My friend Carlos is also renovating an apartment to rent to tourists. When I asked him about the mattresses and mentioned Carlos III mall he laughed. “You’ll never find them there, Elena. Tell Rori to look on Revolico.” This is a relatively new phenomenon—a cross between Craigslist and Ebay on the Cuban internet. Maybe we will find our mattresses there—or maybe they will appear in the photography store next week. You never know!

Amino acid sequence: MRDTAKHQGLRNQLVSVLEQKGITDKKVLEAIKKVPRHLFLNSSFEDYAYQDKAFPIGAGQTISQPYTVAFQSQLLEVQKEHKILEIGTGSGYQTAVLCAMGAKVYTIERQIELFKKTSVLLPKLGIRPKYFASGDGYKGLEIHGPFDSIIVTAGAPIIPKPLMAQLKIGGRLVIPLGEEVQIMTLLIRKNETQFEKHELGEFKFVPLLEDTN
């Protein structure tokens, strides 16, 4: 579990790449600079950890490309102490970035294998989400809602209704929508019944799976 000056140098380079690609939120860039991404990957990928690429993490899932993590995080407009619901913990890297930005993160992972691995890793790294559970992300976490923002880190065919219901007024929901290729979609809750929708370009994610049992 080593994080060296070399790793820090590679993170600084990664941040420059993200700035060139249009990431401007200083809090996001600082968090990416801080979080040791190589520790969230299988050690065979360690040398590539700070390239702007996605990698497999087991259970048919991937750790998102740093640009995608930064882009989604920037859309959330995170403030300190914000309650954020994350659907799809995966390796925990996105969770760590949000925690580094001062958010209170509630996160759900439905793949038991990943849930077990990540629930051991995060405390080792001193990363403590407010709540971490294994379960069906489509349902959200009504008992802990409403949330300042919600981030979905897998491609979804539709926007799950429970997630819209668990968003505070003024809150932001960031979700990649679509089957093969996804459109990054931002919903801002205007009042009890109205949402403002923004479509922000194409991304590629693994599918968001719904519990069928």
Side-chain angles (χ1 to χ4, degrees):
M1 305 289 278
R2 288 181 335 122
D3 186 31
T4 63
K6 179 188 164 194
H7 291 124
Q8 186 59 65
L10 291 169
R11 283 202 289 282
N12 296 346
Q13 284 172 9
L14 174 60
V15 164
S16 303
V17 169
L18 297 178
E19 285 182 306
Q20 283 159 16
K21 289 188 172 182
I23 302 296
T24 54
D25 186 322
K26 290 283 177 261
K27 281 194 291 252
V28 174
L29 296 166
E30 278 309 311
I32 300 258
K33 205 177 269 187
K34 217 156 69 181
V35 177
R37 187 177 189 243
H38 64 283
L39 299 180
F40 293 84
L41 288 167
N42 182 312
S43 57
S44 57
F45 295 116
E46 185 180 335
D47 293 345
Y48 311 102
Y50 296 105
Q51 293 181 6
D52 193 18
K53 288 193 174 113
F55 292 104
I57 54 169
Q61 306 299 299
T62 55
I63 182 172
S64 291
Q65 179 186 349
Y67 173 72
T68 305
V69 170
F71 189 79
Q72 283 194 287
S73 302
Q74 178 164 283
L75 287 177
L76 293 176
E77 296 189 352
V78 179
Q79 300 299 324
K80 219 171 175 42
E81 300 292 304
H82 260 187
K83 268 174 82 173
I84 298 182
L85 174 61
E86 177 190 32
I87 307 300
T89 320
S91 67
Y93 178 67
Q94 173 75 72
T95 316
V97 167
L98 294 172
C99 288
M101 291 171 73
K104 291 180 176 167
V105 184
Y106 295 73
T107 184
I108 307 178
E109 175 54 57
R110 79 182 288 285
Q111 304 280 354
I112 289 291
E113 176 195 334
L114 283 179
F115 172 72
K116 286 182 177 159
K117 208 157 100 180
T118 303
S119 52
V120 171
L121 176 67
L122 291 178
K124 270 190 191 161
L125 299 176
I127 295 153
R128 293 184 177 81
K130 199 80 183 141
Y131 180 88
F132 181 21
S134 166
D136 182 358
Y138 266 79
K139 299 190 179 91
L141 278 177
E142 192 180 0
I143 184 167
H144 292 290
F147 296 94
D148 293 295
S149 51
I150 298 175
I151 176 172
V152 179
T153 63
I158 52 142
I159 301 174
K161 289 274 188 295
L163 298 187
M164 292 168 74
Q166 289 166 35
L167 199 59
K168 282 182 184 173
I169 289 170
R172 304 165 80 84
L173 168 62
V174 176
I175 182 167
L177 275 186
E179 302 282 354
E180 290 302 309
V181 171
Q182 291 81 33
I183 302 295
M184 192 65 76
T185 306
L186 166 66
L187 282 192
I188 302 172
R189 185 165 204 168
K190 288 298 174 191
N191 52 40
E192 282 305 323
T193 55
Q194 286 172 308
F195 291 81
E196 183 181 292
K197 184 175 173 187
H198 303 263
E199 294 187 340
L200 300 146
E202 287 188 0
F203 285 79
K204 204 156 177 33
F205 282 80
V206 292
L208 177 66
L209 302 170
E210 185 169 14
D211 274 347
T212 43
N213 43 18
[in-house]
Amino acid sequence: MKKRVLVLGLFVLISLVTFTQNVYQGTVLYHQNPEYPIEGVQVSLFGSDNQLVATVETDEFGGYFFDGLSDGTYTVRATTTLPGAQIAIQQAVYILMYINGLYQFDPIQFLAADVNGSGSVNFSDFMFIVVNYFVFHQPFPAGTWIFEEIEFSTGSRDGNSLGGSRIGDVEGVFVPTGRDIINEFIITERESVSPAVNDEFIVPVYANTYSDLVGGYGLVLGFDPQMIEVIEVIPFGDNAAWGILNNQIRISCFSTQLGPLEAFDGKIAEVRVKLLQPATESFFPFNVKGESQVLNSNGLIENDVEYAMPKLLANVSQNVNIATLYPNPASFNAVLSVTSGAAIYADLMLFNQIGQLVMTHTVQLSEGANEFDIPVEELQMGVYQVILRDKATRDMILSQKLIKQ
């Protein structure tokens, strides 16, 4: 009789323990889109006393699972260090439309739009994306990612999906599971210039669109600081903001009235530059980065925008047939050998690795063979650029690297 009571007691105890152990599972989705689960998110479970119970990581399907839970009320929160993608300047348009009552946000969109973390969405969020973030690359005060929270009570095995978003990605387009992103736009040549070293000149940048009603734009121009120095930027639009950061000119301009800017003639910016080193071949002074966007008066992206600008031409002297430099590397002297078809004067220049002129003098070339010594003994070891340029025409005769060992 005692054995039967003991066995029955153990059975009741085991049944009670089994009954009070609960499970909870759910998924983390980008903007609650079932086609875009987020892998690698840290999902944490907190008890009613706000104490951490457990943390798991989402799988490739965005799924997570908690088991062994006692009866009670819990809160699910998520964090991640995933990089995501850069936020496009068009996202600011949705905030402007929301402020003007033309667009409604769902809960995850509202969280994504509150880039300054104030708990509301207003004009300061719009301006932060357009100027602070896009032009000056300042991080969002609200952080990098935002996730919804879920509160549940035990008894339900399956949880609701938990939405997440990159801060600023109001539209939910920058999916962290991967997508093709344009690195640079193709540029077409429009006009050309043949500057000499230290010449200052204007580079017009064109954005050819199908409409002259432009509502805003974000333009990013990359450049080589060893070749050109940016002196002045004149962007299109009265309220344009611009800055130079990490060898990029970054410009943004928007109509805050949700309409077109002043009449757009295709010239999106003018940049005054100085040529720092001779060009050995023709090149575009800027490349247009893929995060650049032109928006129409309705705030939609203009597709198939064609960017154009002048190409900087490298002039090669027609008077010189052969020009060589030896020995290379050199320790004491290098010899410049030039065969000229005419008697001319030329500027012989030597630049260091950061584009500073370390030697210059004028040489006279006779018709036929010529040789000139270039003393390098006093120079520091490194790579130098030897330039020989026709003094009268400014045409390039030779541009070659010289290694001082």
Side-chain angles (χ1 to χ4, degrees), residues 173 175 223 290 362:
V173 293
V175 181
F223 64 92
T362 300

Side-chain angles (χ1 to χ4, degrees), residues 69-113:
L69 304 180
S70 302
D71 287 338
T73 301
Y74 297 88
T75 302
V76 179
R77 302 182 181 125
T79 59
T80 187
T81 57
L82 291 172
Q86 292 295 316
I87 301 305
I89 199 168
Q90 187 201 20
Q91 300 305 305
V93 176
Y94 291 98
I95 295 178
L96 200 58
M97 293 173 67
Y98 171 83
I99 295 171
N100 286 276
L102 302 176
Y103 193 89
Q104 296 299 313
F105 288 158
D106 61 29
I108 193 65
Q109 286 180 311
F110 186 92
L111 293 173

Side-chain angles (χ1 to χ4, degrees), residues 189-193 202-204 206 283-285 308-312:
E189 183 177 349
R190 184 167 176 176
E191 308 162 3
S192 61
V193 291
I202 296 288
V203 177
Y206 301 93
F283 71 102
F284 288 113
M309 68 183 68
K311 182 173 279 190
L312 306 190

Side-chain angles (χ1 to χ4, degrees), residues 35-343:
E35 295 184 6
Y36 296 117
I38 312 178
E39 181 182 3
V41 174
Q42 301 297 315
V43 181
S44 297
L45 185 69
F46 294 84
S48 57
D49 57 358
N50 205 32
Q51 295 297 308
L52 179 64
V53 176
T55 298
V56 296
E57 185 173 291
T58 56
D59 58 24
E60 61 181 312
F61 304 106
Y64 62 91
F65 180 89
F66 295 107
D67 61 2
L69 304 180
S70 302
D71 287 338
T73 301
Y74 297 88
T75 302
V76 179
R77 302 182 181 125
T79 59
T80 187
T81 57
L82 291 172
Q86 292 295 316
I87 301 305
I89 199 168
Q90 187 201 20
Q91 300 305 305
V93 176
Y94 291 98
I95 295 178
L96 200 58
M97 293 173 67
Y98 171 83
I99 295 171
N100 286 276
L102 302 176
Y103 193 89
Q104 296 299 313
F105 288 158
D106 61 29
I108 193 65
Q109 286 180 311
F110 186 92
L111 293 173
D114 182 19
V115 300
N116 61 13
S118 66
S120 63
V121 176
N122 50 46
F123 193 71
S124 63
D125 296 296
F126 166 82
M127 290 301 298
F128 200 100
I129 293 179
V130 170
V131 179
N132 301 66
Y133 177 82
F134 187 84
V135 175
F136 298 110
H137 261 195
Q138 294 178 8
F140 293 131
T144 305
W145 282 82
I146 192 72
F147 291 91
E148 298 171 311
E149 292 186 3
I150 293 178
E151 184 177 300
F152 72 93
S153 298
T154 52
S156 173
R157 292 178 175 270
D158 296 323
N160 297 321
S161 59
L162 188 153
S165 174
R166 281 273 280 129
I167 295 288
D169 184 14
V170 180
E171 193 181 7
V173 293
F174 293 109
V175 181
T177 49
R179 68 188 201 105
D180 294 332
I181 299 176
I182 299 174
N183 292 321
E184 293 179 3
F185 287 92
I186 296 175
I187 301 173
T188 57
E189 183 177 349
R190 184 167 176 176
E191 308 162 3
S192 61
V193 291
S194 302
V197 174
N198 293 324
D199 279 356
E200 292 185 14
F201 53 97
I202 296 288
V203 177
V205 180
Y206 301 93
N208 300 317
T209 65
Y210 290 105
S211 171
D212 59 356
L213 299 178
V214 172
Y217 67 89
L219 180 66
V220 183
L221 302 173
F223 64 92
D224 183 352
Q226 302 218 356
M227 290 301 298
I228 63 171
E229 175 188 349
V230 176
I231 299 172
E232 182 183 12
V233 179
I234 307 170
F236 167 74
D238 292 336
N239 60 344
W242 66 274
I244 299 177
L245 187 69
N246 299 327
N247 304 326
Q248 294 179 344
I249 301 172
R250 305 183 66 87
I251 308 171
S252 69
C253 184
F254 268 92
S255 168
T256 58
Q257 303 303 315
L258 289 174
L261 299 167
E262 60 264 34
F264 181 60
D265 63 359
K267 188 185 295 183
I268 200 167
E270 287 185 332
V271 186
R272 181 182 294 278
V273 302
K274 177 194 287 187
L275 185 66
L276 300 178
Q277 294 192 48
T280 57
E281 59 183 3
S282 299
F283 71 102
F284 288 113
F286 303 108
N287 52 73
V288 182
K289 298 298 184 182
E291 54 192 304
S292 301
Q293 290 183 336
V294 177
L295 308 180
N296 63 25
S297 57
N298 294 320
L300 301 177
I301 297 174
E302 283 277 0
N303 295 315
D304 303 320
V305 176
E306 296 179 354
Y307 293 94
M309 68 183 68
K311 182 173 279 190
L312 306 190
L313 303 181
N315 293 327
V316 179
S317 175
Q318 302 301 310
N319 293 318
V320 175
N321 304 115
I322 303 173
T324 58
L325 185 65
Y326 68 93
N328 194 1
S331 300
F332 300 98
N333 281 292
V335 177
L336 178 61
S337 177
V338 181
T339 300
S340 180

Another day of shopping, this time with the help of Raul, a large amiable man who is the father of one of Aurora’s best friends. Somehow he fits his large body into a very small 33 year old Polish car. Rori had a list of stores that we would visit—from Playa to Old Havana. Part of the time we were in each store was devoted to pointing out with frustration and indignation the elevated prices of everything. We were excited by displays of things we needed only to find out they were just that—displays. The products themselves were not a la venta. We did manage to find a set of relatively cheap pots and pans, some assorted hardware for the doors, and—the biggest surprise of all—an aluminum ladder at a very good price. NOW we could paint the ceiling—if we ever find paint. Raul tied the ladder onto the roof of the small car and we chugged and bounced our way home.